Arizona Students Association v. Arizona Board of Regents

Posted on March 21, 2013 | Type: Case
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The Goldwater Institute is representing five public university students whose First Amendment rights were violated when the Arizona Students Association used mandatory surcharges on tuition bills to support a 2012 ballot initiative that the students opposed.

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Last step: Filed motion to intervene
Next step: Judge dismisses ASA lawsuit - free speech victory!

 

What happened to bring about this case?

In 2012, a Goldwater Institute investigative report found that the Arizona Students Association, a private non-profit student group funded by $2 tuition surcharges collected from public university students each semester, was directing significant resources to political activism,  including a $120,000 donation to Prop 204, a proposed $1 billion state sales tax increase on the November 2012 ballot.

The Arizona Board of Regents, a body which oversees Arizona's three public universities, voted in February to end the policy of mandatory tuition surcharges to the Arizona Students Association. The Regents' policy change has not eliminated funding for the Students Association altogether. Beginning in the fall of 2013, Arizona’s public universities will again collect $2 fees on tuition bills each semester, but the fee will not be automatically assessed—students will be given the choice to “opt in” to pay the fee.

The Students Association has sued the Regents over the recent policy change, hoping to reinstate the mandatory and automatically collected surcharge once again.

The Goldwater Institute is representing five students requesting to join the lawsuit to defend the Regents' decision, including state representative Paul Boyer, who, in his unofficial capacity as an Arizona State University graduate student, has been forced to pay the mandatory fee.  These students believe that the practice of mandatory dues-collection for the Student Association violated their First Amendment rights, because they were forced to subsidize political activity they opposed.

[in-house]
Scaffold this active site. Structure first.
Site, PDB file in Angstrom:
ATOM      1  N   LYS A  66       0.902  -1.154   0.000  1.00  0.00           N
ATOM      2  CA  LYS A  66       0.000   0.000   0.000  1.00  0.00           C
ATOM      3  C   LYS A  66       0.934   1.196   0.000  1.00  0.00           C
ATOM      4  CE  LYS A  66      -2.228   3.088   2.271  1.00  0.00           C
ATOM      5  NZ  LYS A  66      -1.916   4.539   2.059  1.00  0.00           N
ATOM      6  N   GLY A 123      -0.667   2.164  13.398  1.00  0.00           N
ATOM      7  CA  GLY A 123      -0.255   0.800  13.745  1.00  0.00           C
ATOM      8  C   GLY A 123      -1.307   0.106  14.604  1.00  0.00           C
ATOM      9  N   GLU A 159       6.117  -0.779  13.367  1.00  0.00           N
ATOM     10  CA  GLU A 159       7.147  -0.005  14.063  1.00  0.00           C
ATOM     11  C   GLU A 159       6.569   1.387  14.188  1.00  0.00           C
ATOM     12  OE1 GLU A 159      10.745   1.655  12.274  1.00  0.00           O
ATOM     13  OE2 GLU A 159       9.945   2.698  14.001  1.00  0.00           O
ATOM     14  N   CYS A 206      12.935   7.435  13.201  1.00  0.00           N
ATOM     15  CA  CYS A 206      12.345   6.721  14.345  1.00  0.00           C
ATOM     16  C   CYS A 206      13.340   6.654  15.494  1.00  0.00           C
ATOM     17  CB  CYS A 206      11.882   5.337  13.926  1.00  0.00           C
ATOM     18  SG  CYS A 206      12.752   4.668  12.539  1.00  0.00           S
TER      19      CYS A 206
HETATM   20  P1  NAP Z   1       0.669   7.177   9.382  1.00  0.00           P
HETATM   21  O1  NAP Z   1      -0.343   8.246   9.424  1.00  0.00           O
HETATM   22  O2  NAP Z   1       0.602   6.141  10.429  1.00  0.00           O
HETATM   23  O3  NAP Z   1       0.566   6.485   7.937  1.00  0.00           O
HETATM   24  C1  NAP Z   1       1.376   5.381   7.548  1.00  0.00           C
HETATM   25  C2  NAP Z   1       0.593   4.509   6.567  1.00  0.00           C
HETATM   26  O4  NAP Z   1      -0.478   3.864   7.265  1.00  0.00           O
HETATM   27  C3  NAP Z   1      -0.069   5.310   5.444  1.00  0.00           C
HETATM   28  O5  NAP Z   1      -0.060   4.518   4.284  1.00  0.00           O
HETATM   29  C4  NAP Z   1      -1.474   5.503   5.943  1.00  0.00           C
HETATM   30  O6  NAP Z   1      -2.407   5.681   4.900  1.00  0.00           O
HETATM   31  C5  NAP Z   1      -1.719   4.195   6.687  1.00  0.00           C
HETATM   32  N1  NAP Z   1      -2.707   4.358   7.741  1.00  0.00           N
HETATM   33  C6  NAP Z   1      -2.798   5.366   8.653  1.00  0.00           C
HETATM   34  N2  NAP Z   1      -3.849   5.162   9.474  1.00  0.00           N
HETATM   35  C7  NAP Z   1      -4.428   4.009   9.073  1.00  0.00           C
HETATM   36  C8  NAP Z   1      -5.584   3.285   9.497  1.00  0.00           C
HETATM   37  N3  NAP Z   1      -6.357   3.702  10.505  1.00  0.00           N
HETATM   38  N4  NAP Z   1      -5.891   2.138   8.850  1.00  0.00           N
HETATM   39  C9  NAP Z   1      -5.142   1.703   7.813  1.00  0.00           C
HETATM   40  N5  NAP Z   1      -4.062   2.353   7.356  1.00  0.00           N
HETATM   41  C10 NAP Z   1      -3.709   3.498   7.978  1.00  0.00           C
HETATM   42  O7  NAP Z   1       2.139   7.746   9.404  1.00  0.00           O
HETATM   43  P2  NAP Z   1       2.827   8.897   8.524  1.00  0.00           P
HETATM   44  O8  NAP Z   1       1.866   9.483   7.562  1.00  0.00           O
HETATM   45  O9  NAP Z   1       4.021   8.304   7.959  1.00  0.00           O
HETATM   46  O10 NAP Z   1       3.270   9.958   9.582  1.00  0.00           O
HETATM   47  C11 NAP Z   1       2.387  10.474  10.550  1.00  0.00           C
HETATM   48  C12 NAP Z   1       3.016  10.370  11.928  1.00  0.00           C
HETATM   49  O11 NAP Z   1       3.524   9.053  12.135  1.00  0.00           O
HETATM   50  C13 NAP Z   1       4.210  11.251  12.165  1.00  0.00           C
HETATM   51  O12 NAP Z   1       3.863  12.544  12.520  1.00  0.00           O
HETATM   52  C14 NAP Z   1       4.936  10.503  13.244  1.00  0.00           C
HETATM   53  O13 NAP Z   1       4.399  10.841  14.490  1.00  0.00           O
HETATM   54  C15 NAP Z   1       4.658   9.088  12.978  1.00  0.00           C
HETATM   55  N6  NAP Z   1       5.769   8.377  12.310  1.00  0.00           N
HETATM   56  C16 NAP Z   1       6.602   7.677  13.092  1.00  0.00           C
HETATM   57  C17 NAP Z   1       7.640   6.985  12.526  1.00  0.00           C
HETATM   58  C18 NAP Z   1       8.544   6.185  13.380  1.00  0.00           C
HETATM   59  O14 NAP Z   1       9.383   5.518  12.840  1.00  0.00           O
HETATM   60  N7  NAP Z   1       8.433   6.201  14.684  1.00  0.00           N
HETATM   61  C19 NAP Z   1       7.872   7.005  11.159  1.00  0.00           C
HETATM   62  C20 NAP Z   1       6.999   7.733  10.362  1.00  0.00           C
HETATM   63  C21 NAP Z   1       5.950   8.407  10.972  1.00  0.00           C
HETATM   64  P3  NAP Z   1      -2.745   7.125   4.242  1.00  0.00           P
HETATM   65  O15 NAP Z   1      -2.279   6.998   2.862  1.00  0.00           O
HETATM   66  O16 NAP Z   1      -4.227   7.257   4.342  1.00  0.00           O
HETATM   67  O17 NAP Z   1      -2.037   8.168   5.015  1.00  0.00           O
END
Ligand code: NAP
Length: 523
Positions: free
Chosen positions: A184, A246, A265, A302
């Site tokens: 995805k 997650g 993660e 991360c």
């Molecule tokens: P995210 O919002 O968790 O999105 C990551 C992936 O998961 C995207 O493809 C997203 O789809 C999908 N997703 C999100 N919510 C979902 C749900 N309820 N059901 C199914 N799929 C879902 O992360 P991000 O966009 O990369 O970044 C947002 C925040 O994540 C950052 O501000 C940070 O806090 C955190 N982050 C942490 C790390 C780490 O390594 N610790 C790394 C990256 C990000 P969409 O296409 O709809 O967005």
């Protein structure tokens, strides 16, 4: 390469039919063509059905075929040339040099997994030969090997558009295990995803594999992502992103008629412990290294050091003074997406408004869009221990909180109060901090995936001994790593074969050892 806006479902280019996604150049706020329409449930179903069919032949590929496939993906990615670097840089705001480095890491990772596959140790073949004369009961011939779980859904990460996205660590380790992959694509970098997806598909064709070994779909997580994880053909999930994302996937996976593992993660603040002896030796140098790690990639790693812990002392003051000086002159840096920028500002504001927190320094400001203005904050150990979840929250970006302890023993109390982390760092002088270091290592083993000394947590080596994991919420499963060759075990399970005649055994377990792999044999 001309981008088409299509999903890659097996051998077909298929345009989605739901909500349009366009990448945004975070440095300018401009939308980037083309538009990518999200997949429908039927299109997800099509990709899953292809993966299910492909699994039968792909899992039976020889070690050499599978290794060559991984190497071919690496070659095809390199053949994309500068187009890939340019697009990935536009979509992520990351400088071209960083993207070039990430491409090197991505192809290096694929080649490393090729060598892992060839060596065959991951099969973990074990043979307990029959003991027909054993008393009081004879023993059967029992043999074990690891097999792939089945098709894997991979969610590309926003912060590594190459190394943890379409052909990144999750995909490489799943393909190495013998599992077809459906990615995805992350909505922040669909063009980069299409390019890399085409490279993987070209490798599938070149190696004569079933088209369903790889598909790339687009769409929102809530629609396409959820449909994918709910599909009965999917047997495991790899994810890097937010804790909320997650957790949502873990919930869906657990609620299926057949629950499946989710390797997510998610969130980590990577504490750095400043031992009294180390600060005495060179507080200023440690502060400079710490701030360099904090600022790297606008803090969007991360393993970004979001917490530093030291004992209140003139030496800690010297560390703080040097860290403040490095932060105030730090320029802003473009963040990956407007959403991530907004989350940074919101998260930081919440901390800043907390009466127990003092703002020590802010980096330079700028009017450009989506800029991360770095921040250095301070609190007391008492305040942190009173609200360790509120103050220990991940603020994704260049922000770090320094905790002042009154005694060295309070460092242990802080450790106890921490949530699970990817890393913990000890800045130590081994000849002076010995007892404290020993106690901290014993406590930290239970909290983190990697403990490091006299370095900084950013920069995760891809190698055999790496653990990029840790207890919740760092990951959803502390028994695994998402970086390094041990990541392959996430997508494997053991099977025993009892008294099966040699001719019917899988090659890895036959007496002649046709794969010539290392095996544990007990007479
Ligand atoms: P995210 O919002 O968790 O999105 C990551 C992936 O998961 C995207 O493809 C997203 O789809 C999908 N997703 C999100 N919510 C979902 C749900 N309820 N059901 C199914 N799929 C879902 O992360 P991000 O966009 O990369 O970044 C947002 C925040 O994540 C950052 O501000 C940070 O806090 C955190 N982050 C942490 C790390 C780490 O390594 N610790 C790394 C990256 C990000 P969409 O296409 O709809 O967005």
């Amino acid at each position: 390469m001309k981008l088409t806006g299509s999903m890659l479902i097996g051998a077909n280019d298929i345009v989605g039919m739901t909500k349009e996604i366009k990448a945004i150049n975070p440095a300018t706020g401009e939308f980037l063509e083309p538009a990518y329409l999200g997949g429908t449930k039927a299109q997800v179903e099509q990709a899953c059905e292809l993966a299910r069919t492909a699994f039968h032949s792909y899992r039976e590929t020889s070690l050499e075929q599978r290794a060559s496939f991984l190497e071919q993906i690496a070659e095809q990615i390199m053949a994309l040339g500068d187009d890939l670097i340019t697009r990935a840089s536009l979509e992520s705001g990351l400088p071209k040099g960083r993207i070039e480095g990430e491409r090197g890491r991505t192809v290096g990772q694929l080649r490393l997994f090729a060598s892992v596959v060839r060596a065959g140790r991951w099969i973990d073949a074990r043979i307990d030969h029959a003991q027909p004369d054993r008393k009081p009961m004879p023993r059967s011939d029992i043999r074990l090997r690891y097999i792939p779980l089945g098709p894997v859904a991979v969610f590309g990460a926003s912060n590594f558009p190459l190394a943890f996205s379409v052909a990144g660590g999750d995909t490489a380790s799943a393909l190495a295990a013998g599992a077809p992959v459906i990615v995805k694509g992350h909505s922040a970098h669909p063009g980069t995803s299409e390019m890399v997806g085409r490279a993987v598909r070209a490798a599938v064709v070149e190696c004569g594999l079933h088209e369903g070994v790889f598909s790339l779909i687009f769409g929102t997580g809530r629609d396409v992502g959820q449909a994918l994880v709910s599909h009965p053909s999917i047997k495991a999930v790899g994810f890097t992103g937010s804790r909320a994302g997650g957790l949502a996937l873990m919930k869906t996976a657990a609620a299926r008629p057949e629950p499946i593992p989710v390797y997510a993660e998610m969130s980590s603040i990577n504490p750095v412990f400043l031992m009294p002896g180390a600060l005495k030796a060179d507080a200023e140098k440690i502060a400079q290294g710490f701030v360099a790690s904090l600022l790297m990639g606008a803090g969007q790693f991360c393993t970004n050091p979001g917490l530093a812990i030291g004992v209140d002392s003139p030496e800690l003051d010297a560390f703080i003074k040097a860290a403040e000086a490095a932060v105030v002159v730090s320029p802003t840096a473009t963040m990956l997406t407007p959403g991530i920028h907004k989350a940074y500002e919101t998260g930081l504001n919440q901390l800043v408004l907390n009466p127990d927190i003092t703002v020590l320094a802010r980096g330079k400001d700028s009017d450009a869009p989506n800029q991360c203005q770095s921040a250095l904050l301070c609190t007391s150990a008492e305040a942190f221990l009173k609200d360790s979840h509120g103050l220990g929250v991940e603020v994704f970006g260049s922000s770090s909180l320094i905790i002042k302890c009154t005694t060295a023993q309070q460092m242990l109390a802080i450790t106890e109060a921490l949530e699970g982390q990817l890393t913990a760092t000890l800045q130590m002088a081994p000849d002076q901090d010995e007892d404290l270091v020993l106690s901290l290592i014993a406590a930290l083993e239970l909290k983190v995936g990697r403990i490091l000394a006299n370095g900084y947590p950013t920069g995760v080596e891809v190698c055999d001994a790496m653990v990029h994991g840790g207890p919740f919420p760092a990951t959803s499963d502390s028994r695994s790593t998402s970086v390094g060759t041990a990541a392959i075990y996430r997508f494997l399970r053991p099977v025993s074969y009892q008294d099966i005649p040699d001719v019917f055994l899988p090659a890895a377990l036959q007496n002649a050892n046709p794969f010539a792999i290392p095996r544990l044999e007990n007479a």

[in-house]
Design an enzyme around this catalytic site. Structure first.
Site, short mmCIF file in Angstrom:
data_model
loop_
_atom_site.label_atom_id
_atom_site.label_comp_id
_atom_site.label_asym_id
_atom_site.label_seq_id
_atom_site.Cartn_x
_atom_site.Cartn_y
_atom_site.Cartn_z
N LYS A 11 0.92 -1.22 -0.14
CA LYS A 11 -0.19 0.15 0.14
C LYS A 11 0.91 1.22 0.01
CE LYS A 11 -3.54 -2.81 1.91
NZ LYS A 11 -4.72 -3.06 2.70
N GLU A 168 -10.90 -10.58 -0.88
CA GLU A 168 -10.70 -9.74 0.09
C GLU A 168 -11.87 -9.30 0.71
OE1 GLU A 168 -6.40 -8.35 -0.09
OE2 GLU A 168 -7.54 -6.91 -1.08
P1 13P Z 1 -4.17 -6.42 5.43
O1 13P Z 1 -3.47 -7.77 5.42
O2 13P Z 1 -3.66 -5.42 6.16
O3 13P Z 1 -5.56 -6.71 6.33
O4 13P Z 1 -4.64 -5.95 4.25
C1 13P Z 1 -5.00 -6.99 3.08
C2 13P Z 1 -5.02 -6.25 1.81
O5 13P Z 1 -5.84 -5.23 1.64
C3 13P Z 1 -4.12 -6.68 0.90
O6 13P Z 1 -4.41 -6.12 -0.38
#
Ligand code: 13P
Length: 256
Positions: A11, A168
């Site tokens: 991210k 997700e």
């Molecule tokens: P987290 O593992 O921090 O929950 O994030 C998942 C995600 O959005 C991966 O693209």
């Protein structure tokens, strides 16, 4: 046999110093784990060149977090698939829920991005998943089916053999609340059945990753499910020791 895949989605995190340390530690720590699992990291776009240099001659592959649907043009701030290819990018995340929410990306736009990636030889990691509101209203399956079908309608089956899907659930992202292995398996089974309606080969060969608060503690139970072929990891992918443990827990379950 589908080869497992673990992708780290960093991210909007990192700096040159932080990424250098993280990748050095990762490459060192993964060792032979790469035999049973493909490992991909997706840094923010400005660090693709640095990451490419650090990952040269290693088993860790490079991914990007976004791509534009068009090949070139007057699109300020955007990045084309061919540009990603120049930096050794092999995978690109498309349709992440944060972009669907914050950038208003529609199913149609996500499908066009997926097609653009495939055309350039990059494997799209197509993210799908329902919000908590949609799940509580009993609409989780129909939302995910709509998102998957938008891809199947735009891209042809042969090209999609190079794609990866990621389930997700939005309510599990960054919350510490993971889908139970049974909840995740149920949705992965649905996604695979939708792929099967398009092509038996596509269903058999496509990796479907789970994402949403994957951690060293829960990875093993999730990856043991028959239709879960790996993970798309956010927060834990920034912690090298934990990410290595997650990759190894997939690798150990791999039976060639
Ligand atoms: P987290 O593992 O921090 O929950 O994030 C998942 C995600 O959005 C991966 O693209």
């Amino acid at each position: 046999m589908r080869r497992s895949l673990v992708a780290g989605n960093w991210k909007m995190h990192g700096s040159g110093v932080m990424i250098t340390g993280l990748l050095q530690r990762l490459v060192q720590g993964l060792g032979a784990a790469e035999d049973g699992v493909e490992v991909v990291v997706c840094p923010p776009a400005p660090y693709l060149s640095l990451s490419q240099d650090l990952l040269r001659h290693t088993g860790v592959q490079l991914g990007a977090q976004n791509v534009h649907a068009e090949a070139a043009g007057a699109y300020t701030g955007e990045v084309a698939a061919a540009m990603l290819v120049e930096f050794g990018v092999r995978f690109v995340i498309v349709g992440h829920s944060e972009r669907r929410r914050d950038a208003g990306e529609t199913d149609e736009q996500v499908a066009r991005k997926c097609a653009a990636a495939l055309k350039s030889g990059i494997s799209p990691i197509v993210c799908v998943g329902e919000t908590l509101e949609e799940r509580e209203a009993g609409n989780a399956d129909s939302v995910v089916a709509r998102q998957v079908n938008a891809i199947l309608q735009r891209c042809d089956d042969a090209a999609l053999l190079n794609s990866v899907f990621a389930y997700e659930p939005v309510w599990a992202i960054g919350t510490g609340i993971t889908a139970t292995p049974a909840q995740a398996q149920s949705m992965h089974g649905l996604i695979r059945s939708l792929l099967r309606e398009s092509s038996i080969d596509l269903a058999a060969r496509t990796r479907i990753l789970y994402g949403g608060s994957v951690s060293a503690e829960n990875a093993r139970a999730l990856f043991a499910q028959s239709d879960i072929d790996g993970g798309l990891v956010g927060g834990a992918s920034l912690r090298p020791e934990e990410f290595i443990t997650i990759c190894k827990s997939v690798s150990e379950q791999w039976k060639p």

What are the key issues?

•The practice of mandatory dues-collection for the Arizona Students Association violated students' First Amendment rights by forcing them to subsidize political activity they don't support.

•The Arizona Students Association is a private organization, and it should compete for donations in the marketplace of ideas, just like other private political groups.

•The Students Association claims that under the previous policy, students who wished not to support its agenda could “opt out” by applying for a refund. However, that opt-out process could only be initiated after the tuition surcharge had been collected, and the request had to be made in writing within the first 21 days of the semester. In its annual budget, which exceeded half a million dollars, the Students Association set aside only $50 for student refunds.

•Arizona’s is not the only state university system to fund a private activist group through tuition surcharges. The practice still occurs today at universities throughout the country, including in California, Florida, Michigan, Minnesota and Oregon.

Timeline

March 22, 2013: Goldwater Institute files motion to intervene in case
July 31, 2013: Victory for students and free speech - judge dismisses ASA's lawsuit

Documents

Motion to Intervene (03/22/2013)
Motion to Intervene - Exhibit 1 (03/22/13)
Decision (07/31/13)

The Legal Team

Kurt Altman is a Senior Attorney for the Goldwater Institute’s Scharf-Norton Center for Constitutional Litigation. Kurt has operated a private litigation and appellate practice, focusing on criminal law in both state and federal courts. Previously, Kurt spent a number of years as an Assistant U.S. Attorney for the District of Arizona, leading investigations and conducting trial in Federal District Court.

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